Healthy Living: An Ode to Tofu
By Kate Morin, Delight Contributor
Stay away from the imitation tofu dogs, sausage, and cheese. Steer yourself back to that bland-looking block of plain tofu, and take a good look—it’s about to become your favorite nutritional powerhouse.
In fact, one half-cup serving of tofu holds a whopping 10 grams of protein and weighs in at less than 100 calories. It delivers essential nutrients including folate, selenium, magnesium, potassium, and other essential vitamins and minerals that help keep your body’s immune system and cells working properly.
Made by heating soy milk with a curdling agent (traditionally, magnesium chloride [nigari] or calcium sulfate), and pressing the solids into a block, tofu has gotten a bad rap as a bland and uninspiring meat-alternative. But don’t turn away so fast; tofu can take on any flavor and be cooked using almost any method imaginable—so get baking, broiling, frying, flipping, and/or grilling!
To maximize your nutritional intake when eating tofu, be sure to purchase a fortified brand, says Julie Procopio, M.A., R.D., a specialist in nutritional counseling for gluten-free patients. Where gluten-free foods frequently lack nutrients such as B vitamins, calcium, iron, zinc, fiber, and magnesium, Procopio says fortified (and some un-fortified) tofu delivers a good dose of these nutrients, giving you a nutrient-dense meal base ideal for the gluten-free vegetarian or vegan.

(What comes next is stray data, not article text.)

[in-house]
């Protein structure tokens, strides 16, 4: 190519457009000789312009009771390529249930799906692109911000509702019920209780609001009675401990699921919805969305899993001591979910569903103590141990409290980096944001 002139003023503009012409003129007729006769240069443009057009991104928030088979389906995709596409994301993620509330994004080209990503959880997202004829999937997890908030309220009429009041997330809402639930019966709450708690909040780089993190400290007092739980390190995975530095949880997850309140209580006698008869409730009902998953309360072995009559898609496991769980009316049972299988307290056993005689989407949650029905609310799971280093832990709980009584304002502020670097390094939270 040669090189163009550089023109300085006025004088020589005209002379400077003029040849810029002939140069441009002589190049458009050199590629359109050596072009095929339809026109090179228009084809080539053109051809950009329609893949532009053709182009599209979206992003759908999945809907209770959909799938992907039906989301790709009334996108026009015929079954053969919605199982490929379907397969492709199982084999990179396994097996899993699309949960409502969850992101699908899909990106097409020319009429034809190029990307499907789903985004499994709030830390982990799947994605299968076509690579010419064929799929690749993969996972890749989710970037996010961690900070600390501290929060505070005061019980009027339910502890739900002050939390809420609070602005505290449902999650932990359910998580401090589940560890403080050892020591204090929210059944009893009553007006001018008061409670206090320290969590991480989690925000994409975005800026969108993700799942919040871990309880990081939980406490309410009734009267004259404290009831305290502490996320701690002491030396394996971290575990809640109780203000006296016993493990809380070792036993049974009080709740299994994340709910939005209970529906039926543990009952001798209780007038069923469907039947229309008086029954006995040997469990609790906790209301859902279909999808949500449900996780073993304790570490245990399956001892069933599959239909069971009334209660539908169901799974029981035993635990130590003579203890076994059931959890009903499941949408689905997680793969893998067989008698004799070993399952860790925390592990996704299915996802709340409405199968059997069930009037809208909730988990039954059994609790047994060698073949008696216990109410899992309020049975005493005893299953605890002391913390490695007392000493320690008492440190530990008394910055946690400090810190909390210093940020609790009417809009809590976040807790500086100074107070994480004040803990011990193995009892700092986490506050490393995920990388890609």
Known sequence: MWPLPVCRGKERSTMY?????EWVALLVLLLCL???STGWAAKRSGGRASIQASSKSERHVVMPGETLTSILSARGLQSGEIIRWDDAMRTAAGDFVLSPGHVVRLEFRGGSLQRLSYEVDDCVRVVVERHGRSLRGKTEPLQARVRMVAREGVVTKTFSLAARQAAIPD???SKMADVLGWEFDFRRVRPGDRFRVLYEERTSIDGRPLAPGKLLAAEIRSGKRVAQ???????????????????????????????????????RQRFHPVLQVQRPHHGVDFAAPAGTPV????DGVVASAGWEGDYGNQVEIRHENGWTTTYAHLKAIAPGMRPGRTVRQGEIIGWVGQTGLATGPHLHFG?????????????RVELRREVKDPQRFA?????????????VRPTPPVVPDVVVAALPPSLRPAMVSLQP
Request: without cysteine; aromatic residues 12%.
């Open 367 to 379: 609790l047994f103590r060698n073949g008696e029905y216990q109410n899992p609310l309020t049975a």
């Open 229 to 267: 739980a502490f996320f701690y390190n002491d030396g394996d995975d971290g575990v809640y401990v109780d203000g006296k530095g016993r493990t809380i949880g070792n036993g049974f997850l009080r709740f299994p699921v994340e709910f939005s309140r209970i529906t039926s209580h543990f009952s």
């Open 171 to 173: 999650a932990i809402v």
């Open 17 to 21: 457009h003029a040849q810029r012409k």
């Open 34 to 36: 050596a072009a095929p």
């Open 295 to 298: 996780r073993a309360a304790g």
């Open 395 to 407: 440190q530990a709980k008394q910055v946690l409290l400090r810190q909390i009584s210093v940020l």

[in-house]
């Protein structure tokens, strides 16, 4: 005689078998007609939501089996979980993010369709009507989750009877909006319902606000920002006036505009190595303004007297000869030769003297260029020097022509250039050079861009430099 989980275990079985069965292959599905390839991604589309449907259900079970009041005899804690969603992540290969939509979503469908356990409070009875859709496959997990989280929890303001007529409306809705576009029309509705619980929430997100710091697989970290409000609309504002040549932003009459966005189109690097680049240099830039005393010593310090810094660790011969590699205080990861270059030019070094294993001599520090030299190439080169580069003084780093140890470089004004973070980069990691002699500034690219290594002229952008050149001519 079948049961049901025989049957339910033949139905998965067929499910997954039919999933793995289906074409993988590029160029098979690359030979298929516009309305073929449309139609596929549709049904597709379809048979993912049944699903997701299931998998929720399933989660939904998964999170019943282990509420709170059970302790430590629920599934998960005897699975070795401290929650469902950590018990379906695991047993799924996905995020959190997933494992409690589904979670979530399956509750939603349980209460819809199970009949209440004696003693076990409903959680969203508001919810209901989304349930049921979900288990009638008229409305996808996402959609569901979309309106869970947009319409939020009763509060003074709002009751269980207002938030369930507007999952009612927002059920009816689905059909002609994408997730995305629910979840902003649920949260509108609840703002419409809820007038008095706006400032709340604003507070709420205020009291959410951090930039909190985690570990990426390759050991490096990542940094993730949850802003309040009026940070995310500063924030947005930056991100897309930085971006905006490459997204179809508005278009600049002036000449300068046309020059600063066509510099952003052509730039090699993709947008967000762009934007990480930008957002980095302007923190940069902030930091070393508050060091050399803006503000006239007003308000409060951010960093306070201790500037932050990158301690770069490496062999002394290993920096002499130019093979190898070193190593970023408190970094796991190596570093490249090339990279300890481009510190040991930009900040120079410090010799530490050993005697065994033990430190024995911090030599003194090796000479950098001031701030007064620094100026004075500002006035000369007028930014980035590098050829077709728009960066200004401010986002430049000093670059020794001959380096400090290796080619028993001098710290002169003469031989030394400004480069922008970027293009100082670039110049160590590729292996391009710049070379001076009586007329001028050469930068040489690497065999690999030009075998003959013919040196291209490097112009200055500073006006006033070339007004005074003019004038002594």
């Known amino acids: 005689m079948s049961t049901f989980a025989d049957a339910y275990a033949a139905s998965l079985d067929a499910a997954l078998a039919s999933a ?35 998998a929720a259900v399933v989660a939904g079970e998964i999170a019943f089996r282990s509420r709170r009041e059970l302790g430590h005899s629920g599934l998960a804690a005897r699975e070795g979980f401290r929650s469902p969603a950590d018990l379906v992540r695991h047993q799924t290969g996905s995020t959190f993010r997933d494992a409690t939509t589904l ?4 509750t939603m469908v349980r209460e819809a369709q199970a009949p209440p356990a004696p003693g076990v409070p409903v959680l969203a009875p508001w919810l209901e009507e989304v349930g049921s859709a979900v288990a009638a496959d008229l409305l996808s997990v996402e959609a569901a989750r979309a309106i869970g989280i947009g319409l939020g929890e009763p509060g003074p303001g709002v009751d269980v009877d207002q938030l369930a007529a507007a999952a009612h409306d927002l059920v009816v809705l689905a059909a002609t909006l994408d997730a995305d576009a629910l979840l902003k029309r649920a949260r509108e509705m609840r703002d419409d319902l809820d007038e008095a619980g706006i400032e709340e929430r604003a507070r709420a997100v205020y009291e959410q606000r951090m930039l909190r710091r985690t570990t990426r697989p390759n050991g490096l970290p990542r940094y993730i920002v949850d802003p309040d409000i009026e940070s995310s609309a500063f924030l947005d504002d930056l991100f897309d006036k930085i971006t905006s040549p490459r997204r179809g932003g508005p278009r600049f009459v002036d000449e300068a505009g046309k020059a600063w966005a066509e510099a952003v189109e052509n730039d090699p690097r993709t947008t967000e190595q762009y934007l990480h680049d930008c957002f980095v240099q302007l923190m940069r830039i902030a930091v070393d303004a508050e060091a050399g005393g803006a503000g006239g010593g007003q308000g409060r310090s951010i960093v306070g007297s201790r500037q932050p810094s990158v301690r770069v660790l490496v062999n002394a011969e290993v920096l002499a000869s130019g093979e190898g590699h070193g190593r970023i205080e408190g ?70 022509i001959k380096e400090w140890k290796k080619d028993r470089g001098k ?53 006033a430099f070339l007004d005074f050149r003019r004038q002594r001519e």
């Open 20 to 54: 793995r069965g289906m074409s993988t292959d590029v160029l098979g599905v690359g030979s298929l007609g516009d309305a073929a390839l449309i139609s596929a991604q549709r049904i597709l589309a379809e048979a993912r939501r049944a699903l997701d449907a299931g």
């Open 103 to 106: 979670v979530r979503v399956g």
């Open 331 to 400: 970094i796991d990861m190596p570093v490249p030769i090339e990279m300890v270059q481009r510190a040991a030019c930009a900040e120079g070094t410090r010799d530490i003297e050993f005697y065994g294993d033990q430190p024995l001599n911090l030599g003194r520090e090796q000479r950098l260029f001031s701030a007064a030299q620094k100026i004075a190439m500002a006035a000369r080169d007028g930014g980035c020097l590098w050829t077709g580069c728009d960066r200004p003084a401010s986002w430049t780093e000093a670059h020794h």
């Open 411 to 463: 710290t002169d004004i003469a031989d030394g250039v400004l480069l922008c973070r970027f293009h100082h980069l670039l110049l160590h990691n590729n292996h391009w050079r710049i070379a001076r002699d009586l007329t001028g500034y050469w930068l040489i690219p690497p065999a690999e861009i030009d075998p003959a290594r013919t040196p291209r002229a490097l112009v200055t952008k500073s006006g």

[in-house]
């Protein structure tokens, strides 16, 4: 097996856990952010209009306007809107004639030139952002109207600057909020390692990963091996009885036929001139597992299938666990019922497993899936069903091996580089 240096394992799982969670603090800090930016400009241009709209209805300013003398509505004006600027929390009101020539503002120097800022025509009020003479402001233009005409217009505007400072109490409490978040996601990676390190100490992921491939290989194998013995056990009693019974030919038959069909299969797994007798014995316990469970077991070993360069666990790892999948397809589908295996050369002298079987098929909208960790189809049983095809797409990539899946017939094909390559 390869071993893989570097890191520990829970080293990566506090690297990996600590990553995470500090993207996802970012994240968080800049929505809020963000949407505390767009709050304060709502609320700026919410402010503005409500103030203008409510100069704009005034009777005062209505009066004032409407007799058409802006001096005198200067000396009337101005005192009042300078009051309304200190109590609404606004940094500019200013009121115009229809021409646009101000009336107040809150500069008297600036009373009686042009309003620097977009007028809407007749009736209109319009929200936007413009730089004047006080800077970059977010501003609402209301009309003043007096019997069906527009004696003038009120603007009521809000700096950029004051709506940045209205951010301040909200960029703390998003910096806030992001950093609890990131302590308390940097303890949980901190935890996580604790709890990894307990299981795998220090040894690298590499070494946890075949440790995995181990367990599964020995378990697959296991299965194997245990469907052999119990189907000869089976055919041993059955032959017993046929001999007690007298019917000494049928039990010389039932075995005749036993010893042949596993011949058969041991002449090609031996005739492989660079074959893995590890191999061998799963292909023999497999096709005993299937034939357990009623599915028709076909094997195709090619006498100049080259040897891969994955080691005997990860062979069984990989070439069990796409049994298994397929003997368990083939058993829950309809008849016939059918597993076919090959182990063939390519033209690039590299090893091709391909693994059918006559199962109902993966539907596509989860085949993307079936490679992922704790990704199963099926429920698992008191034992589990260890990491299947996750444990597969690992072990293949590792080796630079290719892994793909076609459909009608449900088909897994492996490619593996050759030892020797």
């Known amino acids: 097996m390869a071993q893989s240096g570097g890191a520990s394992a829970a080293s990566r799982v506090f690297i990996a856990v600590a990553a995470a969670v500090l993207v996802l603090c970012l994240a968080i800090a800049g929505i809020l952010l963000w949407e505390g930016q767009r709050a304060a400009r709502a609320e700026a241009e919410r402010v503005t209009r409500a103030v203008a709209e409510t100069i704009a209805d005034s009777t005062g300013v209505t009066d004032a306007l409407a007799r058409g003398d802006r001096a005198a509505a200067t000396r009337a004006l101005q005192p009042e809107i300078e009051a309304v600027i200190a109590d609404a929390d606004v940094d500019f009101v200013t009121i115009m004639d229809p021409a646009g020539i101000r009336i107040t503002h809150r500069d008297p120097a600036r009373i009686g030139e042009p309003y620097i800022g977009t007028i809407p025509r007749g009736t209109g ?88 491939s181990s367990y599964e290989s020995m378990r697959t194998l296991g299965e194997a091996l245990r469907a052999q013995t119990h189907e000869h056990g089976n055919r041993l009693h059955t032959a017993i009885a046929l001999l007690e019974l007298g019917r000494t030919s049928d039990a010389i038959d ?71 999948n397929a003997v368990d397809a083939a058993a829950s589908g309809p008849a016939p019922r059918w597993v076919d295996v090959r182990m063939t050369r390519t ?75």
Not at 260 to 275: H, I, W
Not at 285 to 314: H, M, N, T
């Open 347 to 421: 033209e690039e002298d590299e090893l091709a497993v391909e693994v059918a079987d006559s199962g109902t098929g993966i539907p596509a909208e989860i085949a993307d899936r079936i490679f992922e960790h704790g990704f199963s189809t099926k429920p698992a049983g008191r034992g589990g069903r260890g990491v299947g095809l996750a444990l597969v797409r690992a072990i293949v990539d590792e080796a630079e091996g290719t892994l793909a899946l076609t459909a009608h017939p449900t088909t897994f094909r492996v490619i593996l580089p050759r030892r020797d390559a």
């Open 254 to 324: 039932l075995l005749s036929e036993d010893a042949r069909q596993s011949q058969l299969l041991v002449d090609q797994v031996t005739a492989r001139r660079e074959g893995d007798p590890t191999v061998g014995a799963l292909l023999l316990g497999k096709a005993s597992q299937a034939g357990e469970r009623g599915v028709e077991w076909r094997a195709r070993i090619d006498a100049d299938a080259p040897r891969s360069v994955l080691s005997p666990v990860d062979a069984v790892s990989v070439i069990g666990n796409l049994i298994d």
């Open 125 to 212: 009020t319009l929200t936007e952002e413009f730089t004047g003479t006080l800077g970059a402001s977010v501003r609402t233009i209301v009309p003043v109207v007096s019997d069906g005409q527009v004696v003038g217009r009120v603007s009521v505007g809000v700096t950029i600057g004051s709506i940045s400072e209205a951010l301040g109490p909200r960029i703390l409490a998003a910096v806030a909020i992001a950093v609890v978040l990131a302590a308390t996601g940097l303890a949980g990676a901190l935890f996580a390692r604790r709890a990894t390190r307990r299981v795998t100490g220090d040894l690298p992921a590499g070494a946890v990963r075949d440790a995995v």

Procopio, a 20-year veteran vegan, says the uses for tofu are endless. “I use it to replace everything from eggs for breakfast, to cream in soups, to meat in main dishes,” she says. Typically, grocery stores carry two types: regular and silken. Each comes in soft, firm, and extra-firm varieties. While regular tofu is denser and holds its shape in cooking, silken contains more moisture and is best used in dishes where it is blended.
While all varieties of tofu soak up any seasoning you introduce, the product’s naturally mild and slightly nutty flavor pairs well with strong flavors like garlic, curry, ginger, and soy. But don’t let that limit your options—the silken varieties are ideal for creamy desserts and to thicken soups, stews, and dips.
Because of the moisture content, when using dry-cook methods such as baking, grilling, or sautéing, it’s important to press the moisture out of firm tofus before beginning the cooking process. Once the extra liquid is removed, the tofu will be easier to cook and yield a heartier texture. Tofu pros do this in any one of three ways:
- For the occasional Tofu-eater: Press block between two plates or baking sheets lined with paper towels and weight with a heavy pan or canned goods. Let the tofu sit for 15-30 minutes.
- For the Tofu-addict: Invest in a tofu press: a hard plastic box with a spring-loaded top that presses all of the moisture out of your tofu in about an hour (or up to overnight). These usually run about $30, but will last forever.
- For the new Tofu cook: Drain the block, stick it in a freezer bag, squeeze out as much air as possible, and let it sit in the freezer for at least an hour. Freezing will give it the same meaty texture as pressing, but without all the work.
To get going on your tofu-journey, start by trying a few different types—one block of extra-firm and one of silken is a good place to start. Experiment with any flavor you like, and remember that it will work well with just about anything.
Thu, November 17, 2011
by Vanessa Maltin Weisbrod filed under